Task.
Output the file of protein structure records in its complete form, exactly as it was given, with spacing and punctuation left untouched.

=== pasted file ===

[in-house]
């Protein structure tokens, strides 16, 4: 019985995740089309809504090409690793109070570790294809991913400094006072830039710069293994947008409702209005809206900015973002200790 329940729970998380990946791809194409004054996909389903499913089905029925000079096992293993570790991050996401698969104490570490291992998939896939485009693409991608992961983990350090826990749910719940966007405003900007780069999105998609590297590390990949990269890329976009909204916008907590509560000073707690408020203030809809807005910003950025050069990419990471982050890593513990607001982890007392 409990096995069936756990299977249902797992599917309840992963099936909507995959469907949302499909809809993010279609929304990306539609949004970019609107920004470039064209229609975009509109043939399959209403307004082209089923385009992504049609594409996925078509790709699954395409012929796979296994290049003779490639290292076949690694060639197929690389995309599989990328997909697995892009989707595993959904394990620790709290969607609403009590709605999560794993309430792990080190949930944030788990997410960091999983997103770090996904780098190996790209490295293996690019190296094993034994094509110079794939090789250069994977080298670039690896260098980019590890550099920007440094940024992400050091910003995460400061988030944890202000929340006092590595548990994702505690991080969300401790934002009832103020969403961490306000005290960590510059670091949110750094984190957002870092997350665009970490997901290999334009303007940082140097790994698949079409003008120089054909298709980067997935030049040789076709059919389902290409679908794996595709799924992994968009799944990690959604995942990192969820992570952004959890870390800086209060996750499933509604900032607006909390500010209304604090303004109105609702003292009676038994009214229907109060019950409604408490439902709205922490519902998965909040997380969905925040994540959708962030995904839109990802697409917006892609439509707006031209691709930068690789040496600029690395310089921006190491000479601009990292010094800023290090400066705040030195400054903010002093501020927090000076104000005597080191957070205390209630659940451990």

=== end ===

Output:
[in-house]
């Protein structure tokens, strides 16, 4: 019985995740089309809504090409690793109070570790294809991913400094006072830039710069293994947008409702209005809206900015973002200790 329940729970998380990946791809194409004054996909389903499913089905029925000079096992293993570790991050996401698969104490570490291992998939896939485009693409991608992961983990350090826990749910719940966007405003900007780069999105998609590297590390990949990269890329976009909204916008907590509560000073707690408020203030809809807005910003950025050069990419990471982050890593513990607001982890007392 409990096995069936756990299977249902797992599917309840992963099936909507995959469907949302499909809809993010279609929304990306539609949004970019609107920004470039064209229609975009509109043939399959209403307004082209089923385009992504049609594409996925078509790709699954395409012929796979296994290049003779490639290292076949690694060639197929690389995309599989990328997909697995892009989707595993959904394990620790709290969607609403009590709605999560794993309430792990080190949930944030788990997410960091999983997103770090996904780098190996790209490295293996690019190296094993034994094509110079794939090789250069994977080298670039690896260098980019590890550099920007440094940024992400050091910003995460400061988030944890202000929340006092590595548990994702505690991080969300401790934002009832103020969403961490306000005290960590510059670091949110750094984190957002870092997350665009970490997901290999334009303007940082140097790994698949079409003008120089054909298709980067997935030049040789076709059919389902290409679908794996595709799924992994968009799944990690959604995942990192969820992570952004959890870390800086209060996750499933509604900032607006909390500010209304604090303004109105609702003292009676038994009214229907109060019950409604408490439902709205922490519902998965909040997380969905925040994540959708962030995904839109990802697409917006892609439509707006031209691709930068690789040496600029690395310089921006190491000479601009990292010094800023290090400066705040030195400054903010002093501020927090000076104000005597080191957070205390209630659940451990």